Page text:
The Observer

Editorial: Hearing, not listening

The+Laura+and+Alvin+Siegal+Lifelong+Learning+Program+is+set+to+offer+a+course+on+Harper+Lee%27s+%22To+Kill+A+Mockingbird%22+this+May.+In+addition+to+undergraduate+students%2C+the+course+is+open+to+the+public+in+hopes+of+educating+a+broader+demographic+on+books+which+are+banned+from+some+schools.
The Laura and Alvin Siegal Lifelong Learning Program is set to offer a course on Harper Lee's

The Laura and Alvin Siegal Lifelong Learning Program is set to offer a course on Harper Lee's "To Kill A Mockingbird" this May. In addition to undergraduate students, the course is open to the public in hopes of educating a broader demographic on books which are banned from some schools.

Nick Natko

Nick Natko

The Laura and Alvin Siegal Lifelong Learning Program is set to offer a course on Harper Lee's "To Kill A Mockingbird" this May. In addition to undergraduate students, the course is open to the public in hopes of educating a broader demographic on books which are banned from some schools.

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In early 2018, a public school district in Minnesota banned the books “To Kill a Mockingbird” and “The Adventures of Huckleberry Finn” from their English curriculum. Students persistently complained that the books’ racial themes and use of certain words made them uncomfortable, so the superintendents felt that removal was the only appropriate action.

Case Western Reserve University is offering a summer course called “To Ban a Mockingbird” through the Siegal Lifelong Learning Program. An office which provides non-credit courses mostly taken by retirees, the program is dedicated to the concept of a “lifetime of learning.” Aside from these types of courses, which are categorized as “personal enrichment,” the program offers bootcamps on analytics and programming. Since these courses are not for credit, even timely courses like “To Ban a Mockingbird” will often be overlooked by students. However, the Editorial Board encourages all members of the campus community to take advantage of this opportunity.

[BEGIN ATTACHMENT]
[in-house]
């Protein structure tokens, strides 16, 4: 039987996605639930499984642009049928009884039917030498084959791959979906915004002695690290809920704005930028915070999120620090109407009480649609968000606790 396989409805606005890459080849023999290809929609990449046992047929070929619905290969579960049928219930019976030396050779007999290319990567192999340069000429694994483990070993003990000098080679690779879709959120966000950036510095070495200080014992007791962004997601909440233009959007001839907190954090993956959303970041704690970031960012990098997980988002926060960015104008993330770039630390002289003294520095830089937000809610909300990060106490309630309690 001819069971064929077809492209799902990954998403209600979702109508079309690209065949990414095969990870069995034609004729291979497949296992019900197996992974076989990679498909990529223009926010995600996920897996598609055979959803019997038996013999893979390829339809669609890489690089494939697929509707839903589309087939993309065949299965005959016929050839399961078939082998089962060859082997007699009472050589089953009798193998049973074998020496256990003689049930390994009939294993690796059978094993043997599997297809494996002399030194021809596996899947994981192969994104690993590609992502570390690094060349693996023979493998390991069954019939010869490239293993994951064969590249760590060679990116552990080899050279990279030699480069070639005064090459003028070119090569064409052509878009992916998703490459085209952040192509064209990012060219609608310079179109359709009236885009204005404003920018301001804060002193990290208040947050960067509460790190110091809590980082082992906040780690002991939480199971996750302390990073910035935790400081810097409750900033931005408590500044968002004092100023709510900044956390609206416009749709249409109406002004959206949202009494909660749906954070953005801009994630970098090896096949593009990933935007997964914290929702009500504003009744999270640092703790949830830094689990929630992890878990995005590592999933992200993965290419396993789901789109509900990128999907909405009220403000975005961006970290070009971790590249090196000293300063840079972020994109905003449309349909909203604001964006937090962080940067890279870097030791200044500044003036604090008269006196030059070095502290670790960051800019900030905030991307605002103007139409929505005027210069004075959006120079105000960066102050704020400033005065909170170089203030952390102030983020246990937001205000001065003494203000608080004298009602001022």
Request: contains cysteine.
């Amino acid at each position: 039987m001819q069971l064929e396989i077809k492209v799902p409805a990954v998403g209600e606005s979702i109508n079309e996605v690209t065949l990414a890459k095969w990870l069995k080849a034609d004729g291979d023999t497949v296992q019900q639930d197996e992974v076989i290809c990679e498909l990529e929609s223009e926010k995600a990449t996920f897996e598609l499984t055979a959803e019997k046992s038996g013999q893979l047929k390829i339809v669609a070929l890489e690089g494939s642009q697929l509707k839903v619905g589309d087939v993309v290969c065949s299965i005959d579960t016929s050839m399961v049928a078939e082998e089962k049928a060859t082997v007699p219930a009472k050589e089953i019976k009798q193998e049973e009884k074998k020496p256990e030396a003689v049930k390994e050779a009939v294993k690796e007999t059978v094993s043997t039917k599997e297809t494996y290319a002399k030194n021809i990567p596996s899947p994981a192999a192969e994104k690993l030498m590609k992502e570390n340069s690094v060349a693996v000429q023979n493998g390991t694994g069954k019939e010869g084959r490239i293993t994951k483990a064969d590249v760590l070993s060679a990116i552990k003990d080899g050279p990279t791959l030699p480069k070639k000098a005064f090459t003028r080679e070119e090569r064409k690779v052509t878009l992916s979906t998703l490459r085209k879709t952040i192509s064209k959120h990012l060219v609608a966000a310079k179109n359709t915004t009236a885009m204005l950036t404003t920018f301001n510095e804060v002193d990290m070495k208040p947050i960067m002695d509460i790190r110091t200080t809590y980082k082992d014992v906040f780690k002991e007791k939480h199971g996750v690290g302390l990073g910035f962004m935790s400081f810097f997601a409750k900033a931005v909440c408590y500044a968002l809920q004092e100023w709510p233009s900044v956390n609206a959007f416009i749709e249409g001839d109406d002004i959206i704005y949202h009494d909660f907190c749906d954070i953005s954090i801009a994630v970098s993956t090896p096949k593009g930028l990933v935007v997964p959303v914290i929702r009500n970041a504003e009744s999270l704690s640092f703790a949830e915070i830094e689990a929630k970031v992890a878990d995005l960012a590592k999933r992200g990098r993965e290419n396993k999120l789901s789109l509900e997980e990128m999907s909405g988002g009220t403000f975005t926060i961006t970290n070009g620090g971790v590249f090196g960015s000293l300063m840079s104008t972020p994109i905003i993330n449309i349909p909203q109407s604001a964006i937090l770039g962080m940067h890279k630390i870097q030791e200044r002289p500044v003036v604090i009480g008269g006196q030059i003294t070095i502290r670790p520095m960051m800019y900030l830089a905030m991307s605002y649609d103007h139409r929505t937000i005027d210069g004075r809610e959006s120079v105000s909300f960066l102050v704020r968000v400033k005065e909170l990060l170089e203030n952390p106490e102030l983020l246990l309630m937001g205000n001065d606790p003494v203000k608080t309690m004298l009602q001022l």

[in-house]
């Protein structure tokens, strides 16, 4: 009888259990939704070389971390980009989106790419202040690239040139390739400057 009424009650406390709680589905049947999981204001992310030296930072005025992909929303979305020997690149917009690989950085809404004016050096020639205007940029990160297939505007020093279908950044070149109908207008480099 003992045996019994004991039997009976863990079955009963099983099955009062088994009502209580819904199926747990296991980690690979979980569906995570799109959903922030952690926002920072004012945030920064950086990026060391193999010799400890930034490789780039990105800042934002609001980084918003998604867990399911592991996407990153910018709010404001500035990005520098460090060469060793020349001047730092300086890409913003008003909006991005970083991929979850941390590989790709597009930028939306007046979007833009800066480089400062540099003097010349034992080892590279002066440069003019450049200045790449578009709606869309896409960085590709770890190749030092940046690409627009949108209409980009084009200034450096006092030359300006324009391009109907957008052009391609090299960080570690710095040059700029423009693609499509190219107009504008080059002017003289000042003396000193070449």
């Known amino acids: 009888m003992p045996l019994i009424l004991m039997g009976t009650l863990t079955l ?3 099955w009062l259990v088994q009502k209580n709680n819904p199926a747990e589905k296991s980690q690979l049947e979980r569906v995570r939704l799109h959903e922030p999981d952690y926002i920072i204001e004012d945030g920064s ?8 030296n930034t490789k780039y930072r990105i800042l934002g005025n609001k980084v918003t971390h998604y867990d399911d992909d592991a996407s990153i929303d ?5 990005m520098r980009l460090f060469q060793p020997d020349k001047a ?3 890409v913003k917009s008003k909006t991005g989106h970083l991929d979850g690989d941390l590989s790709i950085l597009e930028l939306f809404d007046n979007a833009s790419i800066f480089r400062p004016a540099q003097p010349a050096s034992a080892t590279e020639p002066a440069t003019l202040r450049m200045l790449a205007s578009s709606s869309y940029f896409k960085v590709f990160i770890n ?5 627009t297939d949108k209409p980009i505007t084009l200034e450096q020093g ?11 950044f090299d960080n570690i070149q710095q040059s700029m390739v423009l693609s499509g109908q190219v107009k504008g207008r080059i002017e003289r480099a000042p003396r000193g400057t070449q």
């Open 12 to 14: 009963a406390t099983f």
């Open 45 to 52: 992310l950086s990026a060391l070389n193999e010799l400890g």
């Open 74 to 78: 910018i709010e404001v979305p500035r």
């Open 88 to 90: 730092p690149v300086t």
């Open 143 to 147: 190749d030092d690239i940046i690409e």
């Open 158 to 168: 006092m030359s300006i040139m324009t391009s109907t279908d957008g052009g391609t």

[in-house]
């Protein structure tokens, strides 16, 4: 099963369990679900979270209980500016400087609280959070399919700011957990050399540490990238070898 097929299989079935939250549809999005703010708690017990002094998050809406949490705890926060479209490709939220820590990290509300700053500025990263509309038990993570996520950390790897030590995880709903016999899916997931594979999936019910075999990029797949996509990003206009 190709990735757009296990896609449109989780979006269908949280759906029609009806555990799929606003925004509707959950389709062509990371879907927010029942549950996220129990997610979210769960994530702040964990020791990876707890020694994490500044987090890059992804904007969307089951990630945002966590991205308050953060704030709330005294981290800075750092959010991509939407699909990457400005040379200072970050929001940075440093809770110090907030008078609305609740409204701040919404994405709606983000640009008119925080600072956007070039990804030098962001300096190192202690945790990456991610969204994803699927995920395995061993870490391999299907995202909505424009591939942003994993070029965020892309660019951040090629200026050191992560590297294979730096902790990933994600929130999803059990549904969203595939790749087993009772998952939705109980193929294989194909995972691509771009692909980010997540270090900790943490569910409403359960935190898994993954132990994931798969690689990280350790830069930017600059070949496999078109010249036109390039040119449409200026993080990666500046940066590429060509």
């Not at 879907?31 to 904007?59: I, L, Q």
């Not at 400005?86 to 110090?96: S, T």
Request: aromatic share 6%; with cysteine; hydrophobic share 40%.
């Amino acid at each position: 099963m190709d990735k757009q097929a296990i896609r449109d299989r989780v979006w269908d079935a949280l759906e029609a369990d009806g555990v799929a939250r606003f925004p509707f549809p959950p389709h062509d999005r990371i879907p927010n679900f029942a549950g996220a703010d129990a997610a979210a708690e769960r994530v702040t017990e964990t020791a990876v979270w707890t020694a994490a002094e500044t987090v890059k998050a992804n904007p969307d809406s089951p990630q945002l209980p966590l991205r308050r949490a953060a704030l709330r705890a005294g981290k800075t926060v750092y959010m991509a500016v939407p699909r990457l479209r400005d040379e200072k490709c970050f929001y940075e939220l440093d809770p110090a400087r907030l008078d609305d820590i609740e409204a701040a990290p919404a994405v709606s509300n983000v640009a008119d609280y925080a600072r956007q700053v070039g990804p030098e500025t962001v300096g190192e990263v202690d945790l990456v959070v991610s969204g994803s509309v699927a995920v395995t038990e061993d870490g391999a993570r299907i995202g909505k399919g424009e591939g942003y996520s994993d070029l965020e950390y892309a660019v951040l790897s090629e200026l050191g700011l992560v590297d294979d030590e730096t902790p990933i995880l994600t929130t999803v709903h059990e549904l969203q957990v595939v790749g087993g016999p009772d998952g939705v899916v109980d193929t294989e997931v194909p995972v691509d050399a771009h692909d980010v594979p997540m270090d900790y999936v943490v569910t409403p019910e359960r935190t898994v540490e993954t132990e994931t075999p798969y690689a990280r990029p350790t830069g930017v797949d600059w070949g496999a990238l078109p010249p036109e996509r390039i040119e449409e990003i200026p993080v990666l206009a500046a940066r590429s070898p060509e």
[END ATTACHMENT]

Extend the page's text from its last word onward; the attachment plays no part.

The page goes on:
“To Kill a Mockingbird” is regarded as an American classic, for good reason. Its discussion of race in 1930s America acts almost as a time capsule, a glimpse into the tensions and prejudices of the era. It employs honest language, including a slur that many cite as the reason for their discomfort with the novel. But most critically, it doesn’t attempt to circumvent reality.

When we shy away from these types of novels, we’re being actively dishonest to ourselves. One of the most common, unspoken societal misconceptions is that racism “ended” in the 1960s. We can find this notion to be fundamentally incorrect in modern America. Last week, for example, police improperly arrested two Black men at a Starbucks in Philadelphia for trespassing, even though they were just sitting at a table. A few days prior, a homeowner in Rochester, NY shot at a Black teenager who knocked on his door to ask for directions.

Closer to home, Councilman Kevin Conwell, a Black man, was stopped by CWRU police while walking through campus just a few weeks ago.

With a campus which has a propensity for apathy, we can’t afford to be unrealistic. This is especially true given the post-truth state of politics and media, where phrases such as “alternative facts” have emerged from the ether. It’s true that on this campus we encourage “dialogues” and “start conversations.” But these often exist in an echo chamber, where people will either just hear what they agree with, or worse, only listen for what they want.

These books are essential to preserving the authenticity of American experience, and offering a course on them reinforces their effective power. Given that the course is being primarily taken by retirees and adults who have not read “To Kill a Mockingbird” since high school, it’s clear that they wish to revisit their pasts but in a new context. Not for the sake of credit, but for the credit of education.

The Siegel Lifelong Learning Program provides non-credit education opportunities for residents of the Northeast Ohio area. For more information about the program, visit its website.

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Editorial: Hearing, not listening